, ,

Does Mobility Matter? Is Implementing the Digital Gov’t Strategy Possible? 4 CIOs weigh in

Mobility is one of the major cornerstones of the Digital Government Strategy. And a new poll shows that 22% of people own at least one tablet device. So clearly the move to mobile is here and here to stay.

And the role of mobility is even more challenging for federal CIOs. They’re being asked to select a MDM/MAS, establish a BYOD policy (or not), make their programs ubiquitious, secure, and have the right people in the right jobs.

So how do they do it? The Federal Mobile Computing Summit brought together four federal CIOs who are working on it.

  • Lisa Schlosser, Deputy Federal CIO
  • Margie Graves, Deputy CIO at DHS
  • Dave Peter, Deputy CIO for Product Development at VA
  • Dr. Rick Holgate, CIO at DHS

Federal CIO Steven Van Roekel has set out a three part agenda for implementing the Digital Government Strategy.

  1. Promote Innovation
  2. Maximize resources by cutting out duplicative programs, waste fraud and abuse
  3. Cybersecurity

Schlosser: We have to think about how to innovate with less. 5 years ago we weren’t even talking about cloud computing or mobility like this. The DGS is very forward thinking. It pushes for innovation GSA has opened the Digital Innovation Center. That’s really a great first step. We also put out BYOD guidance. But we have to continue to think about security. It’s essential.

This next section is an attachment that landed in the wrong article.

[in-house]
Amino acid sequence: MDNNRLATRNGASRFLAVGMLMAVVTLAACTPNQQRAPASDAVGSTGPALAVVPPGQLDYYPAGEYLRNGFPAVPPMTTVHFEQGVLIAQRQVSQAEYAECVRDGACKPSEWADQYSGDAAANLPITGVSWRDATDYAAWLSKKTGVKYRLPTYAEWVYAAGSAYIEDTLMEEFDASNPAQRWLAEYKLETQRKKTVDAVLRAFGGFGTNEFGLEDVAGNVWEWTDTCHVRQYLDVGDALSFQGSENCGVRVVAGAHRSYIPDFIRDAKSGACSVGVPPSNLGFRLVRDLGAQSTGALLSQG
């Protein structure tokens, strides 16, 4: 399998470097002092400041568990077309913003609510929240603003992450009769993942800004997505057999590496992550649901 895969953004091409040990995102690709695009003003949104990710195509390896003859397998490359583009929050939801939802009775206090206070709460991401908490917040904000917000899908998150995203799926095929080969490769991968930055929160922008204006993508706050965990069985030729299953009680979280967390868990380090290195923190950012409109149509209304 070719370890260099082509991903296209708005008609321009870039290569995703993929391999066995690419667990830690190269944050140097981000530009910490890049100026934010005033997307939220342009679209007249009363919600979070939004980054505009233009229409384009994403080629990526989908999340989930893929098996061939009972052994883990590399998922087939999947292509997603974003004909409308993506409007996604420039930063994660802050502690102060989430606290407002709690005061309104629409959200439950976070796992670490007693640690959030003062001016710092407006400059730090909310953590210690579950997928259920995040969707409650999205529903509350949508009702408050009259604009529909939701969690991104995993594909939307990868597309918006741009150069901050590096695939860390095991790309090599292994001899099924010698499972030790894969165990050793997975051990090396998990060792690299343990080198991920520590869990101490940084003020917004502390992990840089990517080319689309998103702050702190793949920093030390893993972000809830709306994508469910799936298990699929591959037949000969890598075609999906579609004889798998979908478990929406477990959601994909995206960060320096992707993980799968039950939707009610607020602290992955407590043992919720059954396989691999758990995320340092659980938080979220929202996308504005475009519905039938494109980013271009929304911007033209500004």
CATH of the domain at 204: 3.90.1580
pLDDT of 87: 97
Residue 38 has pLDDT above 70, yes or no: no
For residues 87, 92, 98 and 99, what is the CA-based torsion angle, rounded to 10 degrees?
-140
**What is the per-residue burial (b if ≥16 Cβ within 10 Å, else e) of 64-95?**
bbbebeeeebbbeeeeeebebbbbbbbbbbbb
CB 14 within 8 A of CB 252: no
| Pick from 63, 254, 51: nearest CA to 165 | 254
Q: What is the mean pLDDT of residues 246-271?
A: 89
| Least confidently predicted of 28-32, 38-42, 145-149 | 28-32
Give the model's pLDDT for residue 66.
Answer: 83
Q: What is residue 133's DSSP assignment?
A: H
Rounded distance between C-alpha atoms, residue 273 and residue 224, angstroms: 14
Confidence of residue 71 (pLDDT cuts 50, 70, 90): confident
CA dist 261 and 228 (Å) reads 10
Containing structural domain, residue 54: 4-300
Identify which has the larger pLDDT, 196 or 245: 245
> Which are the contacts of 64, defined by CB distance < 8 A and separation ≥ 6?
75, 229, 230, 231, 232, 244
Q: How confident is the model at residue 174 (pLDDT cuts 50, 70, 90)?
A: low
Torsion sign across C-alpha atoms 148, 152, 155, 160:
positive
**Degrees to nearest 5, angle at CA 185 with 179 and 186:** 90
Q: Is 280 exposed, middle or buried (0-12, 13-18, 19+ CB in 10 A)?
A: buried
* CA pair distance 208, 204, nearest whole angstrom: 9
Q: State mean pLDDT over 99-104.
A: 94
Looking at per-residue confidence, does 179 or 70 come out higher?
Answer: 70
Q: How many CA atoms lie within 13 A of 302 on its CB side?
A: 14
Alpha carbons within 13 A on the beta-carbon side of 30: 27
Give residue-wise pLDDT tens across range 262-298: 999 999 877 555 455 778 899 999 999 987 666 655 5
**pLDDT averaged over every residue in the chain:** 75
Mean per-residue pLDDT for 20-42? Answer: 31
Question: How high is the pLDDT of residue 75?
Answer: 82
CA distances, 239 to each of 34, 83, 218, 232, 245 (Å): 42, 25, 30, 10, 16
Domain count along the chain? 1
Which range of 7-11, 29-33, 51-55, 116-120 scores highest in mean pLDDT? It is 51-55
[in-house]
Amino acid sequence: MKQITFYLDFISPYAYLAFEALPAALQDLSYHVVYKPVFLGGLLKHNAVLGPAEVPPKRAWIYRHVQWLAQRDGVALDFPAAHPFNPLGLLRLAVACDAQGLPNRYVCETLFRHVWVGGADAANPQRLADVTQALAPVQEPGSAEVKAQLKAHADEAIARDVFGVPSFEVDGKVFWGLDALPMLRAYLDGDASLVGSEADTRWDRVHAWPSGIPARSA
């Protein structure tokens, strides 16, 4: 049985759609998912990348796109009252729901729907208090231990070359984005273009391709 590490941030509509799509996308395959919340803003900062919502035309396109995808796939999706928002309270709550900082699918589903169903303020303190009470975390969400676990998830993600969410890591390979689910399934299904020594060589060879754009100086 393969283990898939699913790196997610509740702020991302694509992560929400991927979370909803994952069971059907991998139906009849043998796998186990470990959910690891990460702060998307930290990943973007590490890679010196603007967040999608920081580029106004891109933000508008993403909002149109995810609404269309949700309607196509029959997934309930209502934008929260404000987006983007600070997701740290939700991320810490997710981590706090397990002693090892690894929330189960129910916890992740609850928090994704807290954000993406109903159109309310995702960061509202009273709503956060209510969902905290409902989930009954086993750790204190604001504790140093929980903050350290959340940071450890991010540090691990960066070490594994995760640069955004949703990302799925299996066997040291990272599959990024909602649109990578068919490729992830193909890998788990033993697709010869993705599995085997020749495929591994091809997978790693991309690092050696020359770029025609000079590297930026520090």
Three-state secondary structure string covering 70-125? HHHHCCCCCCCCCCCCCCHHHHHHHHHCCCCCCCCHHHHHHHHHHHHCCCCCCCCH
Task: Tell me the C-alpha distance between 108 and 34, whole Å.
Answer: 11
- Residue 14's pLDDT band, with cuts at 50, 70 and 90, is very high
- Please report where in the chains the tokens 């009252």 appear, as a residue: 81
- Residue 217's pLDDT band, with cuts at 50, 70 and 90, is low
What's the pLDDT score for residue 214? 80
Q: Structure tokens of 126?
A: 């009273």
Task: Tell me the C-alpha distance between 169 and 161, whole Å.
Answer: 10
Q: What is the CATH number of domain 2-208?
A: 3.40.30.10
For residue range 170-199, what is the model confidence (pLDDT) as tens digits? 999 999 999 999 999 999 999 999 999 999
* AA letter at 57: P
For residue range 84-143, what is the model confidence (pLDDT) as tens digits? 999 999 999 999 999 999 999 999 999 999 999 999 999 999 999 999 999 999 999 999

Graves: The real story here is mobile security. We’ve come out with 10.2 plan to accelerate security and 9.1 to adopt basic architecture for security. DHS, DOD, GSA, NIST and other agencies have teamed up to establish a mobile security baseline. MDM, device management, data encryption. We are only at a beginning. But it’s a start. Now that we are six months in we are getting down to a more granular level. We need to make the business case for mobility.

Holgate: I’ve been working at ATF to really adopt the principles of the DGS. The key is collaboration, and not just collaboration with other agencies but collaboration within the DOJ. Collaboration is not instinctive for the DOJ since many of the departments get funding from individual appropriation bills. But we are really working to leverage the collective buying power and take a much broader look at the problem and solutions.

Peter: We have set up a Joint Governance Board where all of our apps filter though. So an app can be created on any platform in any way and we still get the same usability and security because it goes through the board. It’s also how we’ve been able to cut down dramatically on the life-cycle process. Many more agile products.

Leave a Comment

Leave a comment

Leave a Reply